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Flying NZ flags in Switzerland

Flying NZ flags in Switzerland

One of Switzerland¹s leading photographers, Reto Camenisch, arrives in Wellington in late February to show his work during the International Festival of the Arts. A month later Wellington photographer Paul Thompson will travel in the opposite direction to exhibit a powerful series of images based on 19th-century Maori tribal flags.

Both exhibitions result from a visit to Wellington by art dealer Philippe Rey, looking for work for his new gallery in the heart of Zurich, the Swiss capital. He saw Thompson¹s photographs at Idiom Studio, and an international exchange was arranged.

Reto Camenisch uses a large-format Polaroid camera to produce brooding black-and-white landscapes almost two metres wide. These will be shown during March at Shed 11 on the Wellington waterfront as the inaugural show of Shed 11 PhotoFestival, a partnership between the New Zealand Centre for Photography , Wellington Museums Trust and Wellington Waterfront Ltd, in association with Idiom Studio and Galerie Reomerapotheke, Zurich. The show is supported by the Swiss Embassy and the Swiss Ambassador will open Reto¹s exhibition on Thursday 4 March. It runs until 4 April.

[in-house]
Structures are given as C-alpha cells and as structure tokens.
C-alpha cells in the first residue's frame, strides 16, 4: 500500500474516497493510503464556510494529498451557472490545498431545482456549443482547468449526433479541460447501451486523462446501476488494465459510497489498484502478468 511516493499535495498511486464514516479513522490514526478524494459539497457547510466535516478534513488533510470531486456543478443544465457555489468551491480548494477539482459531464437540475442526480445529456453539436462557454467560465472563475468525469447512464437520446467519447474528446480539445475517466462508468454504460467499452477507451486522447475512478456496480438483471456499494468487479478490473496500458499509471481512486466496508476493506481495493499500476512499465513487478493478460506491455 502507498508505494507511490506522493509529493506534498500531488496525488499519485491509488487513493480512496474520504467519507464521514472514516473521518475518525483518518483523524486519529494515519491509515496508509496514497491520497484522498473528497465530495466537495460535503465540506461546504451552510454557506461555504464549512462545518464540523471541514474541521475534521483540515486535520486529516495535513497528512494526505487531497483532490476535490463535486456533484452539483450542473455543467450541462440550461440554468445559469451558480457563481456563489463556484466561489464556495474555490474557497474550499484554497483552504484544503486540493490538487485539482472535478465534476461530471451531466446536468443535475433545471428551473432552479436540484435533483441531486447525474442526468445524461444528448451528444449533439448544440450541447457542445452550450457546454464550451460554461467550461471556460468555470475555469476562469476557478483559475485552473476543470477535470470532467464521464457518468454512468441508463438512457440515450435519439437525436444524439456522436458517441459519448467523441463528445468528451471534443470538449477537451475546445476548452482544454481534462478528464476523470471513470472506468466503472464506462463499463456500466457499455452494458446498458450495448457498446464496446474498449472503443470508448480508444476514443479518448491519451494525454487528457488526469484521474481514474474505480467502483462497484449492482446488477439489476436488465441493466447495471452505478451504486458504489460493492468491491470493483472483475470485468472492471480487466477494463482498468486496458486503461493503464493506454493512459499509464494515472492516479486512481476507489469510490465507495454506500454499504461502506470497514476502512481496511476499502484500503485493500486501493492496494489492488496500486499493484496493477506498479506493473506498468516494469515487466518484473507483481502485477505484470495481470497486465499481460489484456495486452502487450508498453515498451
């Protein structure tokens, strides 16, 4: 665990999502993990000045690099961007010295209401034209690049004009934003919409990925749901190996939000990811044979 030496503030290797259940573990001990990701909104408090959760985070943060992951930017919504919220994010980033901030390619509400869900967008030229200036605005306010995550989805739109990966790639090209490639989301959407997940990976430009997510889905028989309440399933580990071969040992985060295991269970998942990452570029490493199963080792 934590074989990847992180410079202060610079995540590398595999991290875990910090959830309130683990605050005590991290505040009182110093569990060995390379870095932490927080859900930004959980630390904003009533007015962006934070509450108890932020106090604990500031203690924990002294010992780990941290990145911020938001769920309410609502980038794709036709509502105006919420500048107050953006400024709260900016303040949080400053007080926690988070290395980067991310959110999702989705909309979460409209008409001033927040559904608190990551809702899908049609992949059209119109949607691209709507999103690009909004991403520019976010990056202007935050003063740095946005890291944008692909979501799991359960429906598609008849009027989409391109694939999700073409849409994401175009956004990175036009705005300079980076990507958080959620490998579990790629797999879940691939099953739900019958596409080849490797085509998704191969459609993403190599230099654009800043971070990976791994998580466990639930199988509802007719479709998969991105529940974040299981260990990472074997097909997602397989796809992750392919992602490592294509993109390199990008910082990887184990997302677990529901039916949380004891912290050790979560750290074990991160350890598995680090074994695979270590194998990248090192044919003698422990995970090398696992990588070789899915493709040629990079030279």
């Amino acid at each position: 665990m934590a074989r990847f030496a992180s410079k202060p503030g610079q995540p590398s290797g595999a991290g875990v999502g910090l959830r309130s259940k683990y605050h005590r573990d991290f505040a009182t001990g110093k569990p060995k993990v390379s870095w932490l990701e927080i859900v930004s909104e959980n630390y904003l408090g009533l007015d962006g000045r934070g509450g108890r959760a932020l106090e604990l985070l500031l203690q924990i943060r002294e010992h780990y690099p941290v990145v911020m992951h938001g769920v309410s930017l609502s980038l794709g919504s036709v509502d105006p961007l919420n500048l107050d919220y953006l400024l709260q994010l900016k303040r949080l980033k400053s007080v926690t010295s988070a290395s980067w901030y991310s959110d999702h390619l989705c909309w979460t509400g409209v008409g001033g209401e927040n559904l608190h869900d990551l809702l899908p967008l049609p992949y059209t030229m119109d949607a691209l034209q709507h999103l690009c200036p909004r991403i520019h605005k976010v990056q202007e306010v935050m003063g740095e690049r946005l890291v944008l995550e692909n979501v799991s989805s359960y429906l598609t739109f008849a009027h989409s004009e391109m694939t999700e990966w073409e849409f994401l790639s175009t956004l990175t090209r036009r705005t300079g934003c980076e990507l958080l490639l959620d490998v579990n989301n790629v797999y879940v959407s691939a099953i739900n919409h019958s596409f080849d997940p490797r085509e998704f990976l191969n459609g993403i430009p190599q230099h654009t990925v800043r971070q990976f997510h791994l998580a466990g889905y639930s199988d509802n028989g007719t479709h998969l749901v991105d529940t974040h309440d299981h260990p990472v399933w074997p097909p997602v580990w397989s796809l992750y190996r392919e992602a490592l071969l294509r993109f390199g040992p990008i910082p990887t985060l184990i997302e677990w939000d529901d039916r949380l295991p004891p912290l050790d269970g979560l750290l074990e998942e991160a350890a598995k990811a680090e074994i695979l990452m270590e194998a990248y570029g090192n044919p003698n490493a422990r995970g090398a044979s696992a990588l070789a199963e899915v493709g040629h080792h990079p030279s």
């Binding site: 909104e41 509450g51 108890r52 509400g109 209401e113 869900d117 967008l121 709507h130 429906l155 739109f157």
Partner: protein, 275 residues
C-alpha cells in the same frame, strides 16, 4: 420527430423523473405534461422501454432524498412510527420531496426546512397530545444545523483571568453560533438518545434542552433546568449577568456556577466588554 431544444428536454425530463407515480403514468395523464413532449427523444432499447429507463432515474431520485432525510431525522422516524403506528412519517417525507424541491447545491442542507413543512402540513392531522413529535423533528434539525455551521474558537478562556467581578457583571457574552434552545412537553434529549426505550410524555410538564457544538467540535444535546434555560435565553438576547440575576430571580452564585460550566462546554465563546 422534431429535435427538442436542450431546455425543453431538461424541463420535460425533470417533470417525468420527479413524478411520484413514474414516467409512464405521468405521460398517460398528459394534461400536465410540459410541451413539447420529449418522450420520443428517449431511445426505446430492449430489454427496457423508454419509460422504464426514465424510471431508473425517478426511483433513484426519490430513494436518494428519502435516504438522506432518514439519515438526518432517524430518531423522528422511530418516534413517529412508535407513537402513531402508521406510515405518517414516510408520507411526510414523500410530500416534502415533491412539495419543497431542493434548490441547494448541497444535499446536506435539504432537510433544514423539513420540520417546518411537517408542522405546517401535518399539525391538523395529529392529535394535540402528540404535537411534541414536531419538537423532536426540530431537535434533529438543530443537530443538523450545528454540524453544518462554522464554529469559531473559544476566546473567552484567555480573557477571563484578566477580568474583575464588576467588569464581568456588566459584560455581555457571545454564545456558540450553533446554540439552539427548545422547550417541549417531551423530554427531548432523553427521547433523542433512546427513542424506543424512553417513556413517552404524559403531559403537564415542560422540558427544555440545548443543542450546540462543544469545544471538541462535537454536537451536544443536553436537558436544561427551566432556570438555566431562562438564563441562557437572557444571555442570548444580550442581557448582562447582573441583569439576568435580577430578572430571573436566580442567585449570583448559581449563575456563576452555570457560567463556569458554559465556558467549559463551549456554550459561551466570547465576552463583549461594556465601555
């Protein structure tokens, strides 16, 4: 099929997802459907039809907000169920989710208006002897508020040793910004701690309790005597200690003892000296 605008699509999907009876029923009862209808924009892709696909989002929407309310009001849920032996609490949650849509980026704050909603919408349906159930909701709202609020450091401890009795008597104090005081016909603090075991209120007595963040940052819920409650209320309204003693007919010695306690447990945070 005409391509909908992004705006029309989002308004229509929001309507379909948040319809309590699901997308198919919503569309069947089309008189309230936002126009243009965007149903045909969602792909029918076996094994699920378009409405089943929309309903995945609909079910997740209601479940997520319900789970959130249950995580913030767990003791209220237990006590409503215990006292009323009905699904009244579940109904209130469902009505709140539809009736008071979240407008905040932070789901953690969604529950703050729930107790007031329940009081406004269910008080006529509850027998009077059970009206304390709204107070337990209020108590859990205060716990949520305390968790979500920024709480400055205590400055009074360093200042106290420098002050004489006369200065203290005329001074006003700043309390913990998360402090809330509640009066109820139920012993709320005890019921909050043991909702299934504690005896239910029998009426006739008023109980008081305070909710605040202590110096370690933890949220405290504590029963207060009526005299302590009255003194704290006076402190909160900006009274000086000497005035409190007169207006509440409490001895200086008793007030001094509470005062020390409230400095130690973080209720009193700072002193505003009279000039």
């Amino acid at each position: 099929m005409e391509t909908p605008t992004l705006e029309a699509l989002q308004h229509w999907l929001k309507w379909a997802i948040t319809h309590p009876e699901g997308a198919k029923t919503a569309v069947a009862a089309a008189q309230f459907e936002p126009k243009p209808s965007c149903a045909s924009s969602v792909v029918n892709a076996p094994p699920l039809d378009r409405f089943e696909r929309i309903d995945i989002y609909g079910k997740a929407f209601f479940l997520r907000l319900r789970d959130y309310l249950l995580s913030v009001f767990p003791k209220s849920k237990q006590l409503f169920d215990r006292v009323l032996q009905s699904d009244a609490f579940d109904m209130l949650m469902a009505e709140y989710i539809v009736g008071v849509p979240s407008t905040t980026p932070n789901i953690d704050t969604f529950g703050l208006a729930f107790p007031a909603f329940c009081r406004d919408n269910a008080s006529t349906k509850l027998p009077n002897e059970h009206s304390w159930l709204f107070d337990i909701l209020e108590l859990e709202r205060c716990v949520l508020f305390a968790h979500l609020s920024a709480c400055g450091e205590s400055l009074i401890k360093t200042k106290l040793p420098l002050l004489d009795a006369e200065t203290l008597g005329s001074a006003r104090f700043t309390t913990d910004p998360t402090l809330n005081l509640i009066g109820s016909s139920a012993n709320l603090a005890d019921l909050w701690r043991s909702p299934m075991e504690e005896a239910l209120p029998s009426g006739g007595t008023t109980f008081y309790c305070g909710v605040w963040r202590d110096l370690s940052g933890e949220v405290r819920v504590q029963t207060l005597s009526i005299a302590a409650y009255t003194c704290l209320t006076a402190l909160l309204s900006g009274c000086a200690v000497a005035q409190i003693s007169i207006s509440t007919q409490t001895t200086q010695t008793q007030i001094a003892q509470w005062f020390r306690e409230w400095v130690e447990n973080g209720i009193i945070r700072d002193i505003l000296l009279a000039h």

Also in this show are portraits of people displaying their tattoos, and Reto intends to take more of these during his New Zealand visit. ³I have a good friend who is a Maori tattooist, and I plan to go to a big tattoo convention in your country. People with tattoos, they use their body to make a picture, the same way a photographer makes a picture.²

Philippe Rey is confident that the cosmopolitan Zurich art audience has seen nothing like Paul Thompson¹s Niu Tireni (an early Maori term for New Zealand). For this exhibition, originally shown at Idiom Studio in 2002, Thompson made and photographed cloth flags inspired by the pennants and banners used by Maori prophets, leaders and tribes in peace and in war. One of these, Te Kooti¹s Te Wepu (The Whip) was an imposing seven metres long.

During his time in Zurich, Paul, who is also director of the Museum of Wellington City and Sea, will talk at Swiss museums on the history of New Zealand photography.

© Scoop Media

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